Even with Greg Herenda transforming a hopeless FDU team into a respectable 10-win program this season, Andy Toole is by far and away the most deserving for NEC Coach of the Year. Robert Morris earned their second consecutive NEC regular season title and cracked the 18-win threshold in each of Toole’s four seasons, but the 2013-14 season was his most impressive feat. The Colonials may have been lucky getting to a 14-2 record in the conference, but Toole’s defensive transformation to a 2-3 zone was one of the best adjustments in college basketball, period. His astute adjustments and sound in-game management helped propel the young head coach’s career conference record to an astounding 53-17. And he did all this despite losing five, maybe six, key contributors by the conclusion of this season.

NEC Player of the Year – Karvel Anderson, Robert Morris

You won’t find a bigger Shane Gibson supporter than me, but Karvel Anderson’s 2013-14 season was even better than Gibson’s magical 2011-12 campaign from a pure scoring sense. For a 6’2″ shooting guard to shoot twos like an elite power forward (57.0%), drain threes with stunning consistency (46.4%), and post a NEC leading 130.4 offensive rating is remarkable. Despite the magnificent seasons from Alex Francis and Sidney Sanders, Jr., Anderson gets the nod as our NEC Player of the Year due to his ability to reliably and efficiently score and score often. Only twice this season did Anderson fail to crack double figures in a game and his 21.7 ppg mark was tops in NEC play. Perhaps even more impressive was his efficiency and low turnover rate despite handling more than a quarter of the Colonial’s possessions. A 1,000 point scorer in just two seasons, Anderson will go down as one of the best JUCOs ever to suit up in the NEC.

Do you disagree with any of the selections? Let us know in the comments box!

Our friends over at Mid-Major Madness polled the NEC experts, including myself, John Templon, Nelson Castillo, Lee Kunkel, Chris Capella, Parks Smith, and Andrew Chiappazzi on the all-conference first team and major awards. 

6 thoughts on “Big Apple Buckets NEC All-Conference Teams and Awards

  1. Question: How do you go from being considered perhaps the number one player in the NEC (BAB Trade Value article on Jan 28) to the second team on March 3rd, while having pretty much the same statistical prominence on both dates? Answer: If you’re going to load your first team with guard selections, a deserving big man will have to be squeezed out. Since you guys have been absolutely gushing over Jalen Cannon all season, it’s really tough to believe that he’s not on the first squad. If BAB wanted to include so many guards (and, granted, the NEC is predominantly a guard-dominated league), then maybe a six-man first team might have been in order. It wouldn’t be the first time a media publication did that. The Terriers would be nowhere without Cannon’s considerable presence underneath. The numbers speak for themselves.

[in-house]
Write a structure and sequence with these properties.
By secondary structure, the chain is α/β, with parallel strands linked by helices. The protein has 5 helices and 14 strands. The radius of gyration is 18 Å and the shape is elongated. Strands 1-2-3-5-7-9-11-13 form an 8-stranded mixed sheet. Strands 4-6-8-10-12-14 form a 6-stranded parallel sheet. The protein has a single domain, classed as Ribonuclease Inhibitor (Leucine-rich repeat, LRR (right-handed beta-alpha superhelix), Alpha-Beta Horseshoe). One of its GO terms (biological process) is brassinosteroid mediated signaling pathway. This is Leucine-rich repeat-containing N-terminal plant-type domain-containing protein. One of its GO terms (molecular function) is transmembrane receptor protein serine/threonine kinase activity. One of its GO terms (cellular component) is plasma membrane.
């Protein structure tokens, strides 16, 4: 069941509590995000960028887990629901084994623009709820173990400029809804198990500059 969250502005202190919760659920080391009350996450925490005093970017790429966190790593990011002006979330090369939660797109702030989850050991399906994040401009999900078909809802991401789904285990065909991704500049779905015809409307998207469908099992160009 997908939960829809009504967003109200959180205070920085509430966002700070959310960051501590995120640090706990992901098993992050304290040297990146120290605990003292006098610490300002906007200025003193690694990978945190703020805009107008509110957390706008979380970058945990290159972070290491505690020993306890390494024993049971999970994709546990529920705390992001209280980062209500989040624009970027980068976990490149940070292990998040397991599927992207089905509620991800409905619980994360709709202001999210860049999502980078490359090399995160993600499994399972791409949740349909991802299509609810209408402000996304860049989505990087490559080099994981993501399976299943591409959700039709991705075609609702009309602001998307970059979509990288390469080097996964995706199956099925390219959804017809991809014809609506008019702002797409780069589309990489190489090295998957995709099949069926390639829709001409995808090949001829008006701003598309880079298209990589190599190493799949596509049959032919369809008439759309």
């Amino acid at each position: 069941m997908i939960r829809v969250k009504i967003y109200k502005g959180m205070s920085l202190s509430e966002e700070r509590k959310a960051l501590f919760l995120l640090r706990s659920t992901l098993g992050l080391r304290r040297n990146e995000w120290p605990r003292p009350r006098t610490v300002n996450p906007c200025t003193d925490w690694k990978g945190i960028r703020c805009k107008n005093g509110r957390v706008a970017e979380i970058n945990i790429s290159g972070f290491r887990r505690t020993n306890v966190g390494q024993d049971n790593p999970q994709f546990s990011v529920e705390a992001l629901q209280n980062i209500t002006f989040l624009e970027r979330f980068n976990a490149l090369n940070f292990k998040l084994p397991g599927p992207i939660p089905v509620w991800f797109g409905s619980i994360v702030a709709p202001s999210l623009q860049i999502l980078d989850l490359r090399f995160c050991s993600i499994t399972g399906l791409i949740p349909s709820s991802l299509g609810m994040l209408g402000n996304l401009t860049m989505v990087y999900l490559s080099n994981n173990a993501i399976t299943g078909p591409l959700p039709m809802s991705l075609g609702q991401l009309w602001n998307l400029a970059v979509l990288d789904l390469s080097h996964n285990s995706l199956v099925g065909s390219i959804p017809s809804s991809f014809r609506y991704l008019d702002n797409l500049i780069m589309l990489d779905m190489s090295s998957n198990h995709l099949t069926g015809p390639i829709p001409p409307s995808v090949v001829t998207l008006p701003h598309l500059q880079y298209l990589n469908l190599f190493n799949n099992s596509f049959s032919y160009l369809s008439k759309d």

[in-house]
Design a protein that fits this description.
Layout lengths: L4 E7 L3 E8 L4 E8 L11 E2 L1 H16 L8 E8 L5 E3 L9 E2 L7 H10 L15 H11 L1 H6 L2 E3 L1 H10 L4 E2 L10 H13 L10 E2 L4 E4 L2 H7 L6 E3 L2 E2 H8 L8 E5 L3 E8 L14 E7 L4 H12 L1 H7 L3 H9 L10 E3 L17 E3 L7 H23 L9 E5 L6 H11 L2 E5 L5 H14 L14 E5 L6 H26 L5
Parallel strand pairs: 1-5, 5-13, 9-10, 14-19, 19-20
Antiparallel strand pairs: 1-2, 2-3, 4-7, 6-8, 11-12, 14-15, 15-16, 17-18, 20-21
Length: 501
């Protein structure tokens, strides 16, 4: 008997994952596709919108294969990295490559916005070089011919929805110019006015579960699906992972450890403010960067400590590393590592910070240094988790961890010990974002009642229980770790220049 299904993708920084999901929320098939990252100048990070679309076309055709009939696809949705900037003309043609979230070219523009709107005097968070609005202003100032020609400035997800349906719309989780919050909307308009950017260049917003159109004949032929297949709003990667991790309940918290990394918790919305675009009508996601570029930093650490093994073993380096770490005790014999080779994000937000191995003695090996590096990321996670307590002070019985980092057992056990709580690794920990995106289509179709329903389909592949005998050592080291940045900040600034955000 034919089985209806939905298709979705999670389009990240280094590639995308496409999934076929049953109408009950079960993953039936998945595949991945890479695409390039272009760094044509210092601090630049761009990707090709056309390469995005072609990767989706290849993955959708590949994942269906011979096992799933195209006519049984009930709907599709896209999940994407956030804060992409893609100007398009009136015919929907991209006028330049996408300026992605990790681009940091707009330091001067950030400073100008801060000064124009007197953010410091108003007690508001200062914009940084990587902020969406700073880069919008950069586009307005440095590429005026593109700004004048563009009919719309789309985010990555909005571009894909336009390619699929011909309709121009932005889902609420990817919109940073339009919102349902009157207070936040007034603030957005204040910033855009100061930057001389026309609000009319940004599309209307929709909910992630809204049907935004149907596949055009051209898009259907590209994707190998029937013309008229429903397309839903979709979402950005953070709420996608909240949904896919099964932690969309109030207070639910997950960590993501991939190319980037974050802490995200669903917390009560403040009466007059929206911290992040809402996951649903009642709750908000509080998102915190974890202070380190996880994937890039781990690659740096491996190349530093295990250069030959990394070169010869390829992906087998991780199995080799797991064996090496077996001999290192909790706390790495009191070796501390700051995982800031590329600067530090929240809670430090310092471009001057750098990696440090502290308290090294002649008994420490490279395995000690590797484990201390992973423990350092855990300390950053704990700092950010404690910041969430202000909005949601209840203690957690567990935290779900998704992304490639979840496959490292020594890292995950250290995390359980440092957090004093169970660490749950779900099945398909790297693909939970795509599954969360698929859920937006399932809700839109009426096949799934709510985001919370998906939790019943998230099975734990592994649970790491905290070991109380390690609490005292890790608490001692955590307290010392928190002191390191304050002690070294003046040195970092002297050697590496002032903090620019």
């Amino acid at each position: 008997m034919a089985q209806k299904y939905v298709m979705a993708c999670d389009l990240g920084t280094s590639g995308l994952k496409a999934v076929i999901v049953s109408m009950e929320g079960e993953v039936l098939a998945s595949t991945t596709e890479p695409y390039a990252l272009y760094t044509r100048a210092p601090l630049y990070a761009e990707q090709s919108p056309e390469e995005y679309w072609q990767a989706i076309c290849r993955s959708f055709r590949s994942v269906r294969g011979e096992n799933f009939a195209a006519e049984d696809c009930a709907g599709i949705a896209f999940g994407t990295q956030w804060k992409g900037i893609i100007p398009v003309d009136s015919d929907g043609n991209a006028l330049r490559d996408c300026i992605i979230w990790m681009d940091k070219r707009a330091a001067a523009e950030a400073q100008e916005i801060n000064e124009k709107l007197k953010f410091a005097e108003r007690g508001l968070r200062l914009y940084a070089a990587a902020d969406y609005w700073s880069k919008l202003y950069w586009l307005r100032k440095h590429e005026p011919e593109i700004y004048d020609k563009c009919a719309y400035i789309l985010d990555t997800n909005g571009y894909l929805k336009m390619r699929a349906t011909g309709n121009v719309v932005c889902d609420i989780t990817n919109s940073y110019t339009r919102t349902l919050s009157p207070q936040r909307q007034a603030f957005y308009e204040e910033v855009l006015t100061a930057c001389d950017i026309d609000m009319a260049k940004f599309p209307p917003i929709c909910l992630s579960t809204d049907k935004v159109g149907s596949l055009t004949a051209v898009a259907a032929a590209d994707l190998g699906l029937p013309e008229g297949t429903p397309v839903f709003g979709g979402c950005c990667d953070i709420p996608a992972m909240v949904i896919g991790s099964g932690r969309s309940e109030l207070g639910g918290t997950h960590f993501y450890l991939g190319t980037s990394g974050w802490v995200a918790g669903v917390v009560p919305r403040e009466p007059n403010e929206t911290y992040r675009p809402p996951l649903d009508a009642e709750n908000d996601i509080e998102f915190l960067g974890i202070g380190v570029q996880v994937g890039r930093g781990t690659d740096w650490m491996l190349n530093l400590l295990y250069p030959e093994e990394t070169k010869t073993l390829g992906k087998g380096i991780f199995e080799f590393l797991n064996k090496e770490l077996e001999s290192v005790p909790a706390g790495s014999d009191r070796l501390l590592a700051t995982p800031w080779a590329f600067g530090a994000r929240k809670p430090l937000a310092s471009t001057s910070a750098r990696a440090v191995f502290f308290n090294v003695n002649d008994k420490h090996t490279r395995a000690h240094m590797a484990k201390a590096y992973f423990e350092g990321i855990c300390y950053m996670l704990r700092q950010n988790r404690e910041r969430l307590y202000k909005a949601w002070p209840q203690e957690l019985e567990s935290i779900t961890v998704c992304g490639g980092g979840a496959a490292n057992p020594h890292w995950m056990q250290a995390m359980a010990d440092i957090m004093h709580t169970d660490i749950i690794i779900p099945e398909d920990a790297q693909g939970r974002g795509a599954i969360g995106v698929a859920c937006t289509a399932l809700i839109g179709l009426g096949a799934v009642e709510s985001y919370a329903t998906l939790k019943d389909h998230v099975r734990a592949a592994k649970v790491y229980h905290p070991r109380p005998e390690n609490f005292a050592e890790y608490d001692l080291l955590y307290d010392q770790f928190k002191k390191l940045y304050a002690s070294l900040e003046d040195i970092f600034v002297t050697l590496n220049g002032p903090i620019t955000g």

1. Completely agree here that Cannon is getting a raw deal by not being on our first team. He definitely deserves to be there, but the big question is: Who do you kick off? I’m really against going the 6 player first team (unless there’s a tie) because basketball teams start 5 players. The fact that Cannon is only junior definitely helped him in the Trade Value column, but it honestly might’ve hurt him here – probably unfairly. KenPom thinks he should be on the NEC First Team (instead of Brickman). Personally, you could convince me to swap Norfleet and Cannon, but generally that seems like a tough sell.


      1. Guess it wouldn’t be such a shock if you guys weren’t singing his praises all season. Not to further beat a dead horse, but generally you’ll likely see at least two big men on a college starting line-up. You see a four-guard offense occasionally in current college ball, but it’s still not the norm. Overall good picks, though.


  2. I believe all your selections for all three teams were 100% correct. The Northeast Conference is a guard centeric league and as such all players picked deserved the honor. It’s very hard for a big
    man to be selected unless he’s truly exceptional..I don’t believe that the coaches in our
    conference truly try to develop big men who are projects.. They only see them as rebounders,
    defensive shot blockers,and instructions are to get the ball to the guards.I hope that thinking
    by our coaches changes in the future.Our coaches are mostly from the guard ranks and as such
    believe that the offense starts and ends with guard play.Again great picks by all involved, now let’s
    enjoy the conference playoffs which will be very competitive and the possibility that any one of
    five teams could win in the conference tournament.